And if evidence were considered by the Special Prosecutor to be sufficient to establish that there had been payment of non-declared campaign funds to silence women?

What if also we are provided with proof that the president committed tax fraud/evasion to the extent of hundreds of millions of dollars? In more general terms, would it be, should it be, more serious from an electoral standpoint, for someone who is the chief of state and the chief of government to steal from contractors, employees, creditors, and other third parties or to illegally deprive his own Treasury of the amounts in question?

2) Taking into account the strong belief of conservatives that it should be our duly elected representatives who make the law and not the courts, is it acceptable that the Supreme Court violates this principle and does interfere with legislation when the laws enacted are considered to be too liberal?

Notable examples are invalidating legislation passed by Congress to limit campaign financing.

In the same vein conservatives believe firmly in State’s rights, and in this sense have traditionally been opposed to federal interference with State legislation and also State court decisions. Should this principle not have been applied to the interference of the Supreme Court with the Florida State Court decision that ruled in a manner unfavorable to the Republican presidential candidate (George W. Bush)? In simple terms does the conservative principle not to allow court interference with the democratic process only apply when legislation is unfavorable to Republicans?

3) When we see that the president himself says the treatment of Christine Blasey Ford "doesn’t matter because we won," would not, should not Republicans object to dangerously approaching the Marxist maxim that the ends, i.e. results, justify the means?

4) Given the rhetoric coming notably from the president himself that Democrats present a danger to the American people, could we imagine another second party and its philosophy if the Democratic Party were to begin to disappear as did the Federalist and Whig Parties in 19th century American history?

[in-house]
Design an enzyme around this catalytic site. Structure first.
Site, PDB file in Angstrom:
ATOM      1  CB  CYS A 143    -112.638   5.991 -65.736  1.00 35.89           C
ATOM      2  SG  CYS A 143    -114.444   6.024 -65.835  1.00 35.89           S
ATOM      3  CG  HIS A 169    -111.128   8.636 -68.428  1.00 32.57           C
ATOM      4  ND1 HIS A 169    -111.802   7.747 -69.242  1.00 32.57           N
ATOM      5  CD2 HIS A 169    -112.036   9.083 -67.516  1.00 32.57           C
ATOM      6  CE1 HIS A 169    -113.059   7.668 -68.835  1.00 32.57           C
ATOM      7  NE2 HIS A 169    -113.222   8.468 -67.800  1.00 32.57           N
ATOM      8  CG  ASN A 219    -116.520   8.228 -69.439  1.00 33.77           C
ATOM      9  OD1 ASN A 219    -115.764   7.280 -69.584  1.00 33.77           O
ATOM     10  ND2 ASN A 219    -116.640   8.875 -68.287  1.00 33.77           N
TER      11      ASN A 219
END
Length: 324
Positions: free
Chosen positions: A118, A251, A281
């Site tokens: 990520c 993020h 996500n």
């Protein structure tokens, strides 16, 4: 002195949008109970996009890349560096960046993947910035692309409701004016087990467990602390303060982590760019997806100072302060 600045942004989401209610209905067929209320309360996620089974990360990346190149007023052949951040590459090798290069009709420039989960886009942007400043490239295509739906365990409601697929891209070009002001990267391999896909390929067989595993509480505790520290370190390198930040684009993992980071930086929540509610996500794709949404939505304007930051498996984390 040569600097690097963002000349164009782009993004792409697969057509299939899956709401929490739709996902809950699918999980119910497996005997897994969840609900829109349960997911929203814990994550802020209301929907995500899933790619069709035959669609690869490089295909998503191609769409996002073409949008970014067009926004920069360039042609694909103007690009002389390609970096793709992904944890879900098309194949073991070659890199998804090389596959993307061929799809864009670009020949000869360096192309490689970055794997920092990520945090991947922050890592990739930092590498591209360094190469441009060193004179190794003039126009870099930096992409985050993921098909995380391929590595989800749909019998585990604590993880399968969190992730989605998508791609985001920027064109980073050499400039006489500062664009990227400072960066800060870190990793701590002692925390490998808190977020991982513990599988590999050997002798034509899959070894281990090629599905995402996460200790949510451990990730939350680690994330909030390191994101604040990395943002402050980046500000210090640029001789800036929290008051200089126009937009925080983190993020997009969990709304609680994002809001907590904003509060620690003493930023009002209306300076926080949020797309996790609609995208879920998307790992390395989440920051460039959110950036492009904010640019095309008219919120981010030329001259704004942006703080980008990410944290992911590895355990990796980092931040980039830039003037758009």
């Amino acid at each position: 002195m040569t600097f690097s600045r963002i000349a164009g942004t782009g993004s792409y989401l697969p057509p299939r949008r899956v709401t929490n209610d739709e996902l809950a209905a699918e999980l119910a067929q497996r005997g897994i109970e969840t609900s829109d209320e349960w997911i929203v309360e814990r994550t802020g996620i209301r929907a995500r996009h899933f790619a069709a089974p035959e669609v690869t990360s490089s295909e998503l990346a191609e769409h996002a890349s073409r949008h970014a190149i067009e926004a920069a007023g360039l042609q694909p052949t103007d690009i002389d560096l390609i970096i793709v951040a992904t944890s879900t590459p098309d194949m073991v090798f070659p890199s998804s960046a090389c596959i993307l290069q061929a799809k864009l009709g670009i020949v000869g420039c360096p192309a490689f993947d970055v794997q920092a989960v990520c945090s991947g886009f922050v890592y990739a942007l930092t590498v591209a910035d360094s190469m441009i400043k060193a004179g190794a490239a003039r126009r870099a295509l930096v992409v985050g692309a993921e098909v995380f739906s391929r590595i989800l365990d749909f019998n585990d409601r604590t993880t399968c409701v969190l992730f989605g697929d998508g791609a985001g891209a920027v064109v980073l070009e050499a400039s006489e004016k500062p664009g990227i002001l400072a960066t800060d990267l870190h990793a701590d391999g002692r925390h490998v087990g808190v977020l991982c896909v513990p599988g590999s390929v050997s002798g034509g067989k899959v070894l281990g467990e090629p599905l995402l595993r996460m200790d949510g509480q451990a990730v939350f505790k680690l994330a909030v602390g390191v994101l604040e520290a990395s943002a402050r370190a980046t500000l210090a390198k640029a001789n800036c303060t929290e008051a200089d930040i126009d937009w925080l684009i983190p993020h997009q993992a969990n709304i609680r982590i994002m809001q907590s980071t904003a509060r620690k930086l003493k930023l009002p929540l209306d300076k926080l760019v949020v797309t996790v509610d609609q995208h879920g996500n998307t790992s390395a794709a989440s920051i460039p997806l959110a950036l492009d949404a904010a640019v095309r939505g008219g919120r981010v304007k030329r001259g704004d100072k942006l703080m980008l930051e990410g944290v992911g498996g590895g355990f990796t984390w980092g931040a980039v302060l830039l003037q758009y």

For the moment I am waiting for answers.

These answers may not be uniform. Certain Republican potential candidates for high positions or even the presidency at some future time may have very different views on the issues that are raised.

It may be that the answers help define whether the more central or more Right-leaning branches of the Republican Party will take on the heritage of the Trump years.

Mark L. Cohen has his own legal practice, and was counsel at White & Case starting in 2001, after serving as international lawyer and senior legal consultant for the French aluminum producer Pechiney. Cohen was a senior consultant at a Ford Foundation Commission, an advisor to the PBS television program "The Advocates," and Assistant Attorney General in the Commonwealth of Massachusetts. He teaches U.S. history at the business school in Lille l’EDHEC. To read more of his reports — Click Here Now.

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This is a the New World, not of euclidian physics or quantum physics, but of Donald Trump politics, where the emotion surrounding the man takes center stage rather than a clear analysis of the issues.
america, divided, polarization
Friday, 19 October 2018 11:08 AM